Keeping qualifying offers binding is another good move. I’m honestly surprised the league has avoided a dispute over whether a player accepted a qualifying offer before it was pulled. This change removes the possibility of a squabble and puts a fair onus on a team to stand by its qualifying offer. If you’re going to make a player a restricted free agent, you shouldn’t have the right to cool the market on him and then pull his qualifying offer only once conditions change.
Additional NBA roster spots are not my preferred direction for greater D-League integration, but perhaps it’s the best bridge. NBA teams will pay D-League players more if those teams get exclusive rights on the players. Because players on D-League contracts are NBA free agents, no matter which affiliate they’re on, NBA teams have little incentive to pay major money to D-Leaguers. I’d prefer NBA teams hold the NBA rights of everyone on their D-League affiliate, but not every team has an affiliate. Perhaps, once that changes, this system will be tweaked. This solution is fine for now.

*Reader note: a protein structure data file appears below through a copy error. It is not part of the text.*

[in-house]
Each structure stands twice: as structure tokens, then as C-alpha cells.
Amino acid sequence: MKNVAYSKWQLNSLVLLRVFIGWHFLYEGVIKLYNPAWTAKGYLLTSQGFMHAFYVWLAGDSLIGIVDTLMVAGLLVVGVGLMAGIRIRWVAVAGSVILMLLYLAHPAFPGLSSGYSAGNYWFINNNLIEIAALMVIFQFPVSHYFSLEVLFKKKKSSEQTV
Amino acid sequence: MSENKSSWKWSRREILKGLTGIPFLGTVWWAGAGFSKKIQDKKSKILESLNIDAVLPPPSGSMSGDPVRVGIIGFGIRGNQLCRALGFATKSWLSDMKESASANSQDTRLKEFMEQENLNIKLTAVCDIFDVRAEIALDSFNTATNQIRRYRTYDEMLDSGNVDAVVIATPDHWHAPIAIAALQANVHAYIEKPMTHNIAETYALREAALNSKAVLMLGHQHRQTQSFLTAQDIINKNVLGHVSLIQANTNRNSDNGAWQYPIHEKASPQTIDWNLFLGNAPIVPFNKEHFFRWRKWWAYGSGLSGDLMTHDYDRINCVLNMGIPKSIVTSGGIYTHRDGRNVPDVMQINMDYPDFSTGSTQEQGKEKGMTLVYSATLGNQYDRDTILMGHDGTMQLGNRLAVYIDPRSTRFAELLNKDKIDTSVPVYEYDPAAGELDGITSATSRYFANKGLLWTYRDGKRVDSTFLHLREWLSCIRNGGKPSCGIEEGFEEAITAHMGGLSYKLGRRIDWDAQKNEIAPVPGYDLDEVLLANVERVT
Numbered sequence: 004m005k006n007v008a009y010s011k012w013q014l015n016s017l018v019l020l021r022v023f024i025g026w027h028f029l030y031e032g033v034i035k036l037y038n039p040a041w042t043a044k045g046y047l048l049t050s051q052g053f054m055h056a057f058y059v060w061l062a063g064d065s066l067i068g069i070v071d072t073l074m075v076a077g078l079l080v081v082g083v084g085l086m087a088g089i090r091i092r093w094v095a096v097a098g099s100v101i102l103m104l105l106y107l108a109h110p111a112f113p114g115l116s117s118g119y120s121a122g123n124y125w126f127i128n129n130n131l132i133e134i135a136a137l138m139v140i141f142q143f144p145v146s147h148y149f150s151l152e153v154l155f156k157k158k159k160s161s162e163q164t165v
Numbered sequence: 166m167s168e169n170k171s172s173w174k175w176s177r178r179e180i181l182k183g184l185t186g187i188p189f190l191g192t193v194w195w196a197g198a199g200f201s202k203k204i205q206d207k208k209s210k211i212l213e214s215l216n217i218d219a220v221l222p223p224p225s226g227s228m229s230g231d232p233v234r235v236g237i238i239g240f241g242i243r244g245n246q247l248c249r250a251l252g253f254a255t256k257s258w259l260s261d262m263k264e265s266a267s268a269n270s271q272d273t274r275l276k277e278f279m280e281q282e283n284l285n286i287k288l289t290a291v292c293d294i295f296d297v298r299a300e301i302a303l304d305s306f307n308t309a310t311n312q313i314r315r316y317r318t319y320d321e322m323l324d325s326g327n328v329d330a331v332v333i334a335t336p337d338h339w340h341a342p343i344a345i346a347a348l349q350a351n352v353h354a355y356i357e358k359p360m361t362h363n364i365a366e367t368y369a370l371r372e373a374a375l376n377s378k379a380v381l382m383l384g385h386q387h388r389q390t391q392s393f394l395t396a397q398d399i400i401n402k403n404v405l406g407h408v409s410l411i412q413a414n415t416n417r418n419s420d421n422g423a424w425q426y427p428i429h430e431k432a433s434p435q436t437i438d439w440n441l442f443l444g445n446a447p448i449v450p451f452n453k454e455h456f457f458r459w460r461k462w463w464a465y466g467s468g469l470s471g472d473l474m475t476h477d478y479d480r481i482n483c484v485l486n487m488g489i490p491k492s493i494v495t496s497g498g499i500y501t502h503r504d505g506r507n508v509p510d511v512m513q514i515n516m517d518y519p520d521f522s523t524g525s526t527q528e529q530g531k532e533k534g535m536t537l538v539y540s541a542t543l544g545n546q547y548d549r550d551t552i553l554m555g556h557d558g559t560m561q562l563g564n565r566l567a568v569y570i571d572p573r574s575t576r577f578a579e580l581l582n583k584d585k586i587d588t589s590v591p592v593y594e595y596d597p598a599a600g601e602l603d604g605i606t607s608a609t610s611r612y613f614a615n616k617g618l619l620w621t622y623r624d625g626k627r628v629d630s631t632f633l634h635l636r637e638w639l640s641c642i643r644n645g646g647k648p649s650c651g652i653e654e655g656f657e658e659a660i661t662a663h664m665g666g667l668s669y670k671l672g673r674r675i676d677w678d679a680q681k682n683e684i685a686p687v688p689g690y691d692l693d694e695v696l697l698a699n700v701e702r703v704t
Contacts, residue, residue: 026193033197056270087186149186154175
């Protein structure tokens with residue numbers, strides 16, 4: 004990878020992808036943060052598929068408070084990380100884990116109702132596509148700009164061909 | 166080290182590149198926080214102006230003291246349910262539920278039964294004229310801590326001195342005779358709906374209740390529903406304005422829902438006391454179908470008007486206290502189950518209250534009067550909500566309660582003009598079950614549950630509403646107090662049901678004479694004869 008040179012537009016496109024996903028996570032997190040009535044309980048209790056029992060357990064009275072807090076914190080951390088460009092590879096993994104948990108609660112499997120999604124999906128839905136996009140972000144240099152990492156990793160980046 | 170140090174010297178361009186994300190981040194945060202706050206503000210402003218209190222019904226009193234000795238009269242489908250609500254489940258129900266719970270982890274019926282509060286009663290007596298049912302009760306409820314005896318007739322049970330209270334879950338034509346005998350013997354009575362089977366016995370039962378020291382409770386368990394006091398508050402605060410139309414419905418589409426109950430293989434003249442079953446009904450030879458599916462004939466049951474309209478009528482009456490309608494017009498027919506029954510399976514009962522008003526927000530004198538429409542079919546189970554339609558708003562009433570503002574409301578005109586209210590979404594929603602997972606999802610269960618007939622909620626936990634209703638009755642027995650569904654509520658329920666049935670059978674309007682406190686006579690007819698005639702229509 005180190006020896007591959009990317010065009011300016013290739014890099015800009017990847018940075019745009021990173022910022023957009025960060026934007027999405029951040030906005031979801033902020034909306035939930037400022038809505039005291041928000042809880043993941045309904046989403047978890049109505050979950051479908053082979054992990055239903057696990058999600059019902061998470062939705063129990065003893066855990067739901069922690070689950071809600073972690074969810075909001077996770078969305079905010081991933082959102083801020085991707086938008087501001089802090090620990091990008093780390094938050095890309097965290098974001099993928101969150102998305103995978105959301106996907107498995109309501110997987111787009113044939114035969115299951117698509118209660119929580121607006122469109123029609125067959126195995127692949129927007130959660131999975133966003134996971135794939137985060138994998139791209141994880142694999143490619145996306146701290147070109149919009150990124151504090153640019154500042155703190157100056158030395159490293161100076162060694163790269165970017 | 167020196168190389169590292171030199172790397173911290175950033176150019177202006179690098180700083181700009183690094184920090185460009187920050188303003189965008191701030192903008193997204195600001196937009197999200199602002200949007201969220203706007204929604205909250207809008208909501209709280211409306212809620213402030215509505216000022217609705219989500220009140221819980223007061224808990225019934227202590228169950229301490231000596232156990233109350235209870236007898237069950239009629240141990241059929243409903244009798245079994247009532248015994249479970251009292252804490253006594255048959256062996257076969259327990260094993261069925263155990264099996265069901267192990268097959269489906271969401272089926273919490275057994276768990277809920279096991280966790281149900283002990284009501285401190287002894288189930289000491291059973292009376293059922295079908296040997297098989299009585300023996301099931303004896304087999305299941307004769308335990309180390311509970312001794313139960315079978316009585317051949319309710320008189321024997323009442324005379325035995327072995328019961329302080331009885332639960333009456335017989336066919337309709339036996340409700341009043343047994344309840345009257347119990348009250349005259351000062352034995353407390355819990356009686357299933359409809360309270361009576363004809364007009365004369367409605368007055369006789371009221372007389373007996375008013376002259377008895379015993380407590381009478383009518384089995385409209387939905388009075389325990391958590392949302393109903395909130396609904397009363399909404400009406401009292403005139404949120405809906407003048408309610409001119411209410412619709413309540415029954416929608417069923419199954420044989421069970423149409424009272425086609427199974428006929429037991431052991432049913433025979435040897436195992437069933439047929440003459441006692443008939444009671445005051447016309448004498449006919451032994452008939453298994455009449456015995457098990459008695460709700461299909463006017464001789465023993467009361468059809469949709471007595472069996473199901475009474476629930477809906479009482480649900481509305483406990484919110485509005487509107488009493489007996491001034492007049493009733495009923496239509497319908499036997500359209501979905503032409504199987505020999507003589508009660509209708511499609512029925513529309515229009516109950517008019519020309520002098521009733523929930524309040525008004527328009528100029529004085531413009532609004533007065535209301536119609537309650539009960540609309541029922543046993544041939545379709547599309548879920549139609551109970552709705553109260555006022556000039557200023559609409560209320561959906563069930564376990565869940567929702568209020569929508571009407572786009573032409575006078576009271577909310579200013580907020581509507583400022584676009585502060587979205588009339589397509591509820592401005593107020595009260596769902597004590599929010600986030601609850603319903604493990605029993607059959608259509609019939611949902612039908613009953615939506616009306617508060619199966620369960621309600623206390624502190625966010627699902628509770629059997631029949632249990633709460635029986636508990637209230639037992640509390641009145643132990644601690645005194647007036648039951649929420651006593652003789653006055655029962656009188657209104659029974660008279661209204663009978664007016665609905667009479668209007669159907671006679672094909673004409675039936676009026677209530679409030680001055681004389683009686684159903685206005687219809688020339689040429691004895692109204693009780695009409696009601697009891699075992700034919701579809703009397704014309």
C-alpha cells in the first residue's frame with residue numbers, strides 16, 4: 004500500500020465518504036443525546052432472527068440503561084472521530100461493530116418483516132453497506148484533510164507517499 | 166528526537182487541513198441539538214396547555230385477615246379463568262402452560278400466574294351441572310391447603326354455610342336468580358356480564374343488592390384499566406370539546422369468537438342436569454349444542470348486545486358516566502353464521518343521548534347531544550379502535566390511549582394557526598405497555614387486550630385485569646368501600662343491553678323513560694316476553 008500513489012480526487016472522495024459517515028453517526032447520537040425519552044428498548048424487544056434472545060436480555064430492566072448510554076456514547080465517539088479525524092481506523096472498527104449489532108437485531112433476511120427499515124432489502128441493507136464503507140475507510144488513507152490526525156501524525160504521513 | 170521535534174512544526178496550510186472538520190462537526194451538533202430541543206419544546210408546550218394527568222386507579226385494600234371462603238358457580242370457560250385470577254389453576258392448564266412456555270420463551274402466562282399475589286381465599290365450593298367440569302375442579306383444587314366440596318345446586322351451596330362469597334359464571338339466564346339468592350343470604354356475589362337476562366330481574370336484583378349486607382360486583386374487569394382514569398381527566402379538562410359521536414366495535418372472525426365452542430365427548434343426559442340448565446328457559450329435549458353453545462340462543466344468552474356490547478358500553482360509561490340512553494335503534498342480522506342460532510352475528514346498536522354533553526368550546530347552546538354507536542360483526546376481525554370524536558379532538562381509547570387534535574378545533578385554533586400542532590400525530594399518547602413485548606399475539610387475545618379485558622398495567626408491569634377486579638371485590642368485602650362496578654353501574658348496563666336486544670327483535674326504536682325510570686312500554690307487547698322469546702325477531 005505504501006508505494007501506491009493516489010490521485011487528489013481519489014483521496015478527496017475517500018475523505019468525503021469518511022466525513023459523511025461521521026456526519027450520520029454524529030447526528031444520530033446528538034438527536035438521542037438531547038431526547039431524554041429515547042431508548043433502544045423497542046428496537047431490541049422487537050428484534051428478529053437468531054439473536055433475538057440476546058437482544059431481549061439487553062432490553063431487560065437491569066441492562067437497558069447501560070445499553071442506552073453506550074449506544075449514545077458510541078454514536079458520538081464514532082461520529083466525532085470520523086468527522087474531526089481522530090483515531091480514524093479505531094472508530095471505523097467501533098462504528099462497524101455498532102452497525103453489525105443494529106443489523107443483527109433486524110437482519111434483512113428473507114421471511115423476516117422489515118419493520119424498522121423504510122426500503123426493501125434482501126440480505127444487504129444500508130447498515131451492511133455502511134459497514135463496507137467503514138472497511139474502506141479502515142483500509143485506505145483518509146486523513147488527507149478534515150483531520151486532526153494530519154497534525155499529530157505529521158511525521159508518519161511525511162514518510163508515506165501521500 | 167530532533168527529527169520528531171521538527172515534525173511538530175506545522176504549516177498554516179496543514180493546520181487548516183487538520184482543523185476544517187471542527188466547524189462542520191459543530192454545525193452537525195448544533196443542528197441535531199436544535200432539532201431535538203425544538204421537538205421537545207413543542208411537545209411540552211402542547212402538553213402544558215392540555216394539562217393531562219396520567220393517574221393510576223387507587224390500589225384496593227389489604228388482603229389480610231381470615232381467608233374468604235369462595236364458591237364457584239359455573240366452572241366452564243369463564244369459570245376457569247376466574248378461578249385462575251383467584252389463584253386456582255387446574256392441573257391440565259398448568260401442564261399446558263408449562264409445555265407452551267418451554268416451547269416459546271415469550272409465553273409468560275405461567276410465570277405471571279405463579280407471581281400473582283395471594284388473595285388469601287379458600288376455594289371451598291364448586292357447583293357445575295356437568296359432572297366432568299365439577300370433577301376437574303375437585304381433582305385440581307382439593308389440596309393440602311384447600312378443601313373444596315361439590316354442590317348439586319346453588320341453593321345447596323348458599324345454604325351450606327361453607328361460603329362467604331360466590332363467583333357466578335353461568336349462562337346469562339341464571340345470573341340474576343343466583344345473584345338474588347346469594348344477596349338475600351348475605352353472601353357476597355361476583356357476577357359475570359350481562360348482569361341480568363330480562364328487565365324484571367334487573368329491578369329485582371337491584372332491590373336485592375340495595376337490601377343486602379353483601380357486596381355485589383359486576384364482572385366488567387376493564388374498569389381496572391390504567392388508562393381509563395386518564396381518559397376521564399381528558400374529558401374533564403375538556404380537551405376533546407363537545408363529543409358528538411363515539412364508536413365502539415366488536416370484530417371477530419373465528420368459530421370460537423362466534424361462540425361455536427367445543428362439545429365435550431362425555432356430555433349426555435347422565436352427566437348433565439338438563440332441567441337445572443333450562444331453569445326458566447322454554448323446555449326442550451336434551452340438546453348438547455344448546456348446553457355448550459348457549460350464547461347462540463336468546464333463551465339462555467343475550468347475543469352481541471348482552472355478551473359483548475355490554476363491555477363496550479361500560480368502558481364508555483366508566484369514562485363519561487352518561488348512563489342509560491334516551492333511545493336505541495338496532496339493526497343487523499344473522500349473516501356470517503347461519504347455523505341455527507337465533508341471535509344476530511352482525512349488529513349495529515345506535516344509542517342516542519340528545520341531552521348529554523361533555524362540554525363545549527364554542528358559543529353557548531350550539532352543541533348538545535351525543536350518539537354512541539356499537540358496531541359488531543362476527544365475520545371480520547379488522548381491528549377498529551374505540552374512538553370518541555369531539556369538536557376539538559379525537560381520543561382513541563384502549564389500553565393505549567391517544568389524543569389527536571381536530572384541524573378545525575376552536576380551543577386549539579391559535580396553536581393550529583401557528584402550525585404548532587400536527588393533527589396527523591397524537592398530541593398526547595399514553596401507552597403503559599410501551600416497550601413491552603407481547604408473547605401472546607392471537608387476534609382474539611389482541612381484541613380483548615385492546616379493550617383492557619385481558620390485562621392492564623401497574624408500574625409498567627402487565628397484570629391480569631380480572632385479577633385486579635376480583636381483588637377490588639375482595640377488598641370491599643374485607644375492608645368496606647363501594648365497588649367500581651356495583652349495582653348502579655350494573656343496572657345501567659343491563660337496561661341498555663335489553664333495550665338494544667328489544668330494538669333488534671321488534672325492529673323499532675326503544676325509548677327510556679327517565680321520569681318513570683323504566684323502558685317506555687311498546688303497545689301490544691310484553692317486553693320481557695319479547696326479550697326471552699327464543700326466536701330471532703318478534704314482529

The Nuggets unveiled an awesome sleek white uniform last year. They called it their “WHITEGOLD” alternate, and it was part of the NBA’s “Pride” series of uniforms.
So far, so good. Denver had a clean new look and another source of revenue from jersey sales.
But, after some hiccups last year, the Nuggets have crossed words rather ham-handedly.
As captured by Daniel C. Lewis of Denver Stiffs, this is how the team’s official website listed the alternate-jersey schedule:
This isn’t a “real” problem. It’s poor wording and looks ridiculous. But it doesn’t actually harm anyone.
The page has since been taken down. My guess is it will return with better phrasing.